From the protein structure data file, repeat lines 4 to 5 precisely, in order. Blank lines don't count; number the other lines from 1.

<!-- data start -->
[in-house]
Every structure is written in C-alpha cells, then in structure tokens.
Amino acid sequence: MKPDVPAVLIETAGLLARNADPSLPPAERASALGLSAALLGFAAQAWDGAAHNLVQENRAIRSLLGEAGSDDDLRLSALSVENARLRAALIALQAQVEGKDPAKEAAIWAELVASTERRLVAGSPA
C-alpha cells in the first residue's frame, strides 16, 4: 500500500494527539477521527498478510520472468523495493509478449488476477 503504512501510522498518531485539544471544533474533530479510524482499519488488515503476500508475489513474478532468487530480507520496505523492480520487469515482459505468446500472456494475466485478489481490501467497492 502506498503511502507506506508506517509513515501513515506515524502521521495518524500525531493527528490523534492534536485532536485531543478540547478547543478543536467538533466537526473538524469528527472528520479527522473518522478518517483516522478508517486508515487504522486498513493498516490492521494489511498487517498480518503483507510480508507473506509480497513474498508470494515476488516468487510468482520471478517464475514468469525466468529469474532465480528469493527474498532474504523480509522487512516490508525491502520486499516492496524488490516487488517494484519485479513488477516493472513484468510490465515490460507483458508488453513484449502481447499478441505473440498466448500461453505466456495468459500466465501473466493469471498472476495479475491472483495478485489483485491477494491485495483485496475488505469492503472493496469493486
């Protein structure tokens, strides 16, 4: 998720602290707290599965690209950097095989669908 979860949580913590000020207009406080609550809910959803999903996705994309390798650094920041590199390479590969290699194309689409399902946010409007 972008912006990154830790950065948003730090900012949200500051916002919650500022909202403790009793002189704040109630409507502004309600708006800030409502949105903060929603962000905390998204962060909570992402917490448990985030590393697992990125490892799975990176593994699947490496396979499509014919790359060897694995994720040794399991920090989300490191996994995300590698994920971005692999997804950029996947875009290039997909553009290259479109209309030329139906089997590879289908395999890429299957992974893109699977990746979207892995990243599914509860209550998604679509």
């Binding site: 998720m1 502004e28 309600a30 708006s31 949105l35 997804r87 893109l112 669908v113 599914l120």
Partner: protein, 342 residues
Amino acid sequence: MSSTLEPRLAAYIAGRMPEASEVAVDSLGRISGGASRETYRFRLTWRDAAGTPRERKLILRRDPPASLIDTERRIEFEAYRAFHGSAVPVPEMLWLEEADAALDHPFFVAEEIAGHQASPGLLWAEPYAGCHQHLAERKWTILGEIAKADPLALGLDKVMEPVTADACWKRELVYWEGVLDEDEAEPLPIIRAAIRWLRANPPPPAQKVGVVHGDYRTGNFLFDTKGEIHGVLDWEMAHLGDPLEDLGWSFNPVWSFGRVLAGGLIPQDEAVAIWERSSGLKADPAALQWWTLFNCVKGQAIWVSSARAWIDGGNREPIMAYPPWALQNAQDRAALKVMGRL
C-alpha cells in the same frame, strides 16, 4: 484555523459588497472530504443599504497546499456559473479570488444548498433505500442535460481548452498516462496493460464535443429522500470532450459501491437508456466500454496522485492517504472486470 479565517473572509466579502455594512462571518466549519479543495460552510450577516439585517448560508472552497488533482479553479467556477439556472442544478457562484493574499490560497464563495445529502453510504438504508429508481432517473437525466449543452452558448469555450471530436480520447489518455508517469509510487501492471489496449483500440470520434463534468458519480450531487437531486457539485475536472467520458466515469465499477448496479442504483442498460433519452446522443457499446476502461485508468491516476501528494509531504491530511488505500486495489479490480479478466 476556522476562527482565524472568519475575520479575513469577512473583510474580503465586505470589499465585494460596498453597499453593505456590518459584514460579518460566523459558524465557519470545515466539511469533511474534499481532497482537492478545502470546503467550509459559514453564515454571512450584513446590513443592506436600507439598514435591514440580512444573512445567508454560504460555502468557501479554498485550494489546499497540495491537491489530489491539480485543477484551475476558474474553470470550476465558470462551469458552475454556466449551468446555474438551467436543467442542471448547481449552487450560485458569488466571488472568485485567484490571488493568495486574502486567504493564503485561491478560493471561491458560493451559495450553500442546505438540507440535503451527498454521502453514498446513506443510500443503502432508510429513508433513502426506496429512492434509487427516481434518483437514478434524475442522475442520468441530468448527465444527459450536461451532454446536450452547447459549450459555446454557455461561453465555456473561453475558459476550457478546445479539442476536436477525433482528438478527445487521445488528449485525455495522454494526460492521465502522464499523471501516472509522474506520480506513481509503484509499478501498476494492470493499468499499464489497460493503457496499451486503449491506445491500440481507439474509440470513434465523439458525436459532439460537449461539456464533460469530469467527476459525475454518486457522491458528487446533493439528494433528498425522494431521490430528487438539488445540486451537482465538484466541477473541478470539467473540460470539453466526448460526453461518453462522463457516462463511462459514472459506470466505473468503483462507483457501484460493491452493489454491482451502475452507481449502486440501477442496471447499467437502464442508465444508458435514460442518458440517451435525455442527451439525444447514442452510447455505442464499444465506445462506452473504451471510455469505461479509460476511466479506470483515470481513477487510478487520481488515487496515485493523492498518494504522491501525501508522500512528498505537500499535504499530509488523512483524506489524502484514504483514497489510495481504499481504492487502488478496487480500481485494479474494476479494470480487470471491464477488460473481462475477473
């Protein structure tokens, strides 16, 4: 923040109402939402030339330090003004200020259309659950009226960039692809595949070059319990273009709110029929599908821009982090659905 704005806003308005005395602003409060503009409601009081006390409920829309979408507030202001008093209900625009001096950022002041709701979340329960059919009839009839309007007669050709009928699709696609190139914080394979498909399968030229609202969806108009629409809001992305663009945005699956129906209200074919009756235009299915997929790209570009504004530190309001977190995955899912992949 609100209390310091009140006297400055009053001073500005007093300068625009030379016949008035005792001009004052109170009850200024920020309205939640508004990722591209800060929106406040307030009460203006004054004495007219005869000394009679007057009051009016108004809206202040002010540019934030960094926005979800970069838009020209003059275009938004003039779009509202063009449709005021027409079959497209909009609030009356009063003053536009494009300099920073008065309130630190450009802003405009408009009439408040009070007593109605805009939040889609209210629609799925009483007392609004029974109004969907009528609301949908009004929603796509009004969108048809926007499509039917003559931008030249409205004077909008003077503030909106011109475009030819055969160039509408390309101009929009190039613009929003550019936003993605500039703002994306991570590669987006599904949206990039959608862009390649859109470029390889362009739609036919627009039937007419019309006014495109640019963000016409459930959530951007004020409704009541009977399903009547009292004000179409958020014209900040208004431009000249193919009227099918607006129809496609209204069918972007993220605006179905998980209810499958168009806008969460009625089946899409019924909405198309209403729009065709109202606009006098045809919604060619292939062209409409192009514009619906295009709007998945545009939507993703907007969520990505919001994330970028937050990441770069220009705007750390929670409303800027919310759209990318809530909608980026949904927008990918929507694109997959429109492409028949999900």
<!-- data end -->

C-alpha cells in the first residue's frame, strides 16, 4: 500500500494527539477521527498478510520472468523495493509478449488476477 503504512501510522498518531485539544471544533474533530479510524482499519488488515503476500508475489513474478532468487530480507520496505523492480520487469515482459505468446500472456494475466485478489481490501467497492 502506498503511502507506506508506517509513515501513515506515524502521521495518524500525531493527528490523534492534536485532536485531543478540547478547543478543536467538533466537526473538524469528527472528520479527522473518522478518517483516522478508517486508515487504522486498513493498516490492521494489511498487517498480518503483507510480508507473506509480497513474498508470494515476488516468487510468482520471478517464475514468469525466468529469474532465480528469493527474498532474504523480509522487512516490508525491502520486499516492496524488490516487488517494484519485479513488477516493472513484468510490465515490460507483458508488453513484449502481447499478441505473440498466448500461453505466456495468459500466465501473466493469471498472476495479475491472483495478485489483485491477494491485495483485496475488505469492503472493496469493486
């Protein structure tokens, strides 16, 4: 998720602290707290599965690209950097095989669908 979860949580913590000020207009406080609550809910959803999903996705994309390798650094920041590199390479590969290699194309689409399902946010409007 972008912006990154830790950065948003730090900012949200500051916002919650500022909202403790009793002189704040109630409507502004309600708006800030409502949105903060929603962000905390998204962060909570992402917490448990985030590393697992990125490892799975990176593994699947490496396979499509014919790359060897694995994720040794399991920090989300490191996994995300590698994920971005692999997804950029996947875009290039997909553009290259479109209309030329139906089997590879289908395999890429299957992974893109699977990746979207892995990243599914509860209550998604679509």